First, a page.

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What happens after the weekend?

Any young man who has completed his Passage Adventure Weekend is called a Journeyman. We have ongoing activities that include fun events, social service, and skill building. After completing the weekend your son can come back as a staff member of future weekends where he’ll be challenged to step into leadership.
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What is a mentor?

A mentor is a personal ally and supporter. A mentor is not a teacher or surrogate parent. Some young men think of them as uncles or big brothers. Boys to Men screens our volunteers carefully. We’re looking for good men who are already successful in their own lives. Boys to Men shares what we know with our mentors; that young men are already excellent, and that mentors get as much as mentees from their friendships.
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Can he go even if he has a dad at home?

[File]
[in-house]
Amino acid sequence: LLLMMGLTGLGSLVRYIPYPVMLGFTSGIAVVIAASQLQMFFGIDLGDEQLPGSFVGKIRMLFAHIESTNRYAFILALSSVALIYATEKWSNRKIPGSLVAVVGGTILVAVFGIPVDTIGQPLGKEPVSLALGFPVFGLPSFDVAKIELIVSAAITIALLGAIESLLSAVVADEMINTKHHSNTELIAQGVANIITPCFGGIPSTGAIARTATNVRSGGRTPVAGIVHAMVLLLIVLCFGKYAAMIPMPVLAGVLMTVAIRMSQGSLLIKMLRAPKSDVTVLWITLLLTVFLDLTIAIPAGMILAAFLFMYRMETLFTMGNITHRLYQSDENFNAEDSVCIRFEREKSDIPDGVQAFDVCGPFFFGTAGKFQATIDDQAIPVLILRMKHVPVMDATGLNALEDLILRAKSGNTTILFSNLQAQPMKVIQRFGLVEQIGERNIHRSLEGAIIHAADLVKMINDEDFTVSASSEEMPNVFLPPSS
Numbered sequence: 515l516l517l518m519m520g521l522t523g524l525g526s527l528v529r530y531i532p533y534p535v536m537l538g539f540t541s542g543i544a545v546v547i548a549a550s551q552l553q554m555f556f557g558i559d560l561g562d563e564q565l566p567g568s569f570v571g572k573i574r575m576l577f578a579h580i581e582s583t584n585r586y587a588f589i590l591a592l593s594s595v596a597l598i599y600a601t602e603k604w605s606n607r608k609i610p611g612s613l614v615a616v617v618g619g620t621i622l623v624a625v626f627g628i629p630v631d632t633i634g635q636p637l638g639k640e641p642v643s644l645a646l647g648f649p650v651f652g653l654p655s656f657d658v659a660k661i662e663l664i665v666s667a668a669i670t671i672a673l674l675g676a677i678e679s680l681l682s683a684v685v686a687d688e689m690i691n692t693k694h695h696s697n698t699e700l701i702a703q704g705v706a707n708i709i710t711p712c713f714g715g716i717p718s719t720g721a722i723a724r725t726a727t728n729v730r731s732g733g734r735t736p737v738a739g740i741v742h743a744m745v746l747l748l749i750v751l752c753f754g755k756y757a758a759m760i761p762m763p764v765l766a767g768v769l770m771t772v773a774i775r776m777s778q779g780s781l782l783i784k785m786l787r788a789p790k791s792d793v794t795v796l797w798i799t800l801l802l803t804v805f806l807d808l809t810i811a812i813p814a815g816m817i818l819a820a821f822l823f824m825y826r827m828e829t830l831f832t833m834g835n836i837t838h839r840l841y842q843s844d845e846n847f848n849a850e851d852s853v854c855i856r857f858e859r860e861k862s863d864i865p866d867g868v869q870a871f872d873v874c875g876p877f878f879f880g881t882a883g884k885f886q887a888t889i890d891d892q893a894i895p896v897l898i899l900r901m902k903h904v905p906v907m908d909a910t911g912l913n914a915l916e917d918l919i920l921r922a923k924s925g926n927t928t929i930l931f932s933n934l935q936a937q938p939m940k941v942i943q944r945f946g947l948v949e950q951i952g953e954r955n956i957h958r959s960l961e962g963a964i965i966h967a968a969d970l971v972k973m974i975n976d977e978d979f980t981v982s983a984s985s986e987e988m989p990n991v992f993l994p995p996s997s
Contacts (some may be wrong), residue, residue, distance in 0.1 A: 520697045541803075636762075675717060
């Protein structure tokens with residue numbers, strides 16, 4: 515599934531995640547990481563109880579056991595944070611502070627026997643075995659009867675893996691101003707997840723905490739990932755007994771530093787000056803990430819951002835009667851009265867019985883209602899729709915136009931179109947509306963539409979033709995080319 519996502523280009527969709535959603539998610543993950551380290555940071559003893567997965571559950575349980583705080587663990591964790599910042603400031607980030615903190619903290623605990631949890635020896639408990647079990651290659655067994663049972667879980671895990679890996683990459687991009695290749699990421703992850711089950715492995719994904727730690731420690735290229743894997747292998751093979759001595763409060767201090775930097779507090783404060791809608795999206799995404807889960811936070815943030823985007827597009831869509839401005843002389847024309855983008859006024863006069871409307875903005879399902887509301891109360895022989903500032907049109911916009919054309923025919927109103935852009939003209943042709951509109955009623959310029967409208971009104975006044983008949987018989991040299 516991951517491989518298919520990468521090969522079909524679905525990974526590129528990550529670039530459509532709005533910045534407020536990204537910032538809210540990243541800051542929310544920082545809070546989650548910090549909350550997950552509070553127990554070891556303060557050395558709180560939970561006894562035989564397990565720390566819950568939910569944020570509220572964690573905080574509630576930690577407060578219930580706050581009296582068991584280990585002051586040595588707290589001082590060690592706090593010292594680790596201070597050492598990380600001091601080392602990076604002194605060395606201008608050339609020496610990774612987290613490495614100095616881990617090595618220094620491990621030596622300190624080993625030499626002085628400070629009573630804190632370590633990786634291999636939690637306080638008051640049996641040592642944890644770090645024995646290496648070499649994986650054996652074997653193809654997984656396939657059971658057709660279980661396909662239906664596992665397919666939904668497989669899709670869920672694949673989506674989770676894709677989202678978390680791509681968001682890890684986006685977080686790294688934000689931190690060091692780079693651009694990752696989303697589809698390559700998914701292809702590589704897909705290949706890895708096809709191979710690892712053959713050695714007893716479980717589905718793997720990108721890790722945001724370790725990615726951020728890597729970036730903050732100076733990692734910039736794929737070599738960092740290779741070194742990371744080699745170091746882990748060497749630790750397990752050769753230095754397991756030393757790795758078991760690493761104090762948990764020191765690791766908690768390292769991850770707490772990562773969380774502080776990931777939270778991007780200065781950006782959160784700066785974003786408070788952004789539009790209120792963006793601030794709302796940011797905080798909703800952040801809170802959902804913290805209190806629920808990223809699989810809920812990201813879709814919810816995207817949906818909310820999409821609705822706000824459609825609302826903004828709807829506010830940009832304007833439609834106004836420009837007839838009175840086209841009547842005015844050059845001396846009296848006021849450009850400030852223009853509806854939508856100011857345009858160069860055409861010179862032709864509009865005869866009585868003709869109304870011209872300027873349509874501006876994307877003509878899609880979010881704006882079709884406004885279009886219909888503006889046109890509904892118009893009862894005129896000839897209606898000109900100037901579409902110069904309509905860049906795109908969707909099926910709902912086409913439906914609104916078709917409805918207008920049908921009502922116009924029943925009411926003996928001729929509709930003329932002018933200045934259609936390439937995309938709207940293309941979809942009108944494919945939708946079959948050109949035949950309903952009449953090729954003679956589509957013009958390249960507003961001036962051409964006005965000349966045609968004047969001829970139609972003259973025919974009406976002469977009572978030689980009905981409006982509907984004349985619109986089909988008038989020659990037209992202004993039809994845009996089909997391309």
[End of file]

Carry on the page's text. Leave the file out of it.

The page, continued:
Absolutely. It really does take a village to raise a child well. Studies show that the more healthy & supportive adults that a boy has, the better his chances for success in life are. Boys to Men mentors know that their job is not parenting or teaching. Boys to Men Mentors are allies and friends in life.
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Is this a religious outfit?

No. Boys to Men has no religious affiliation or religious teachings. Boys to Men does use church facilities, but Boys to Men supports each boy’s individual spiritual tradition and journey. Boys to Men supports values like truth, integrity, and responsibility.
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How much does this cost?

The cost to attend the weekend is $ 450.00. We will work with you if necessary so the cost is manageable. After the weekend the only cost items are for special outings such as Laser tag or mini golf. The cost of these special outings will not keep boys from attending.
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What if I can't afford to send him to an activity?

No boy will be left behind.  We will find  or make a way for any boy who wants to participate to be able to do so.